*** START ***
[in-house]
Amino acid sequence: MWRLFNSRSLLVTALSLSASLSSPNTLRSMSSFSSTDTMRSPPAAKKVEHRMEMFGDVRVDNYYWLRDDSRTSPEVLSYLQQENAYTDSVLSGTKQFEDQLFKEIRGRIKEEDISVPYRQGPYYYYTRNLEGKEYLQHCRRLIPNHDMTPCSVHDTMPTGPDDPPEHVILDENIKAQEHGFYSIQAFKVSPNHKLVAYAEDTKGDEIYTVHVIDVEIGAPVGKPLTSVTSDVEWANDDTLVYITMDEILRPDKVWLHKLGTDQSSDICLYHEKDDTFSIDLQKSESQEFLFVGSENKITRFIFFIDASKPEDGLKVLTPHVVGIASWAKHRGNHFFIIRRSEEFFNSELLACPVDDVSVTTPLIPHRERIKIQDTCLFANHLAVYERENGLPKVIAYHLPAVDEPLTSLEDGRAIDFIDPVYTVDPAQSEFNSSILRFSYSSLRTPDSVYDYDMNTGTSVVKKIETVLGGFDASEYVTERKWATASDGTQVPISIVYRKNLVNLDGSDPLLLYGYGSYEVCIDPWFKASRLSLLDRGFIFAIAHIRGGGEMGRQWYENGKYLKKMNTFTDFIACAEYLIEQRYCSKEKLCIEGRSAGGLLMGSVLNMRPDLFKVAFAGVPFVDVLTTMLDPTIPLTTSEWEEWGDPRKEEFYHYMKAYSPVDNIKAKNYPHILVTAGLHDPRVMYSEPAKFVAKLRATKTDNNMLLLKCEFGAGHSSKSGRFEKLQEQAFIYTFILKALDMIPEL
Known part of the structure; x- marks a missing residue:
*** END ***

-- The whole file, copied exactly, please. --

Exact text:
[in-house]
Amino acid sequence: MWRLFNSRSLLVTALSLSASLSSPNTLRSMSSFSSTDTMRSPPAAKKVEHRMEMFGDVRVDNYYWLRDDSRTSPEVLSYLQQENAYTDSVLSGTKQFEDQLFKEIRGRIKEEDISVPYRQGPYYYYTRNLEGKEYLQHCRRLIPNHDMTPCSVHDTMPTGPDDPPEHVILDENIKAQEHGFYSIQAFKVSPNHKLVAYAEDTKGDEIYTVHVIDVEIGAPVGKPLTSVTSDVEWANDDTLVYITMDEILRPDKVWLHKLGTDQSSDICLYHEKDDTFSIDLQKSESQEFLFVGSENKITRFIFFIDASKPEDGLKVLTPHVVGIASWAKHRGNHFFIIRRSEEFFNSELLACPVDDVSVTTPLIPHRERIKIQDTCLFANHLAVYERENGLPKVIAYHLPAVDEPLTSLEDGRAIDFIDPVYTVDPAQSEFNSSILRFSYSSLRTPDSVYDYDMNTGTSVVKKIETVLGGFDASEYVTERKWATASDGTQVPISIVYRKNLVNLDGSDPLLLYGYGSYEVCIDPWFKASRLSLLDRGFIFAIAHIRGGGEMGRQWYENGKYLKKMNTFTDFIACAEYLIEQRYCSKEKLCIEGRSAGGLLMGSVLNMRPDLFKVAFAGVPFVDVLTTMLDPTIPLTTSEWEEWGDPRKEEFYHYMKAYSPVDNIKAKNYPHILVTAGLHDPRVMYSEPAKFVAKLRATKTDNNMLLLKCEFGAGHSSKSGRFEKLQEQAFIYTFILKALDMIPEL
Known part of the structure; x- marks a missing residue: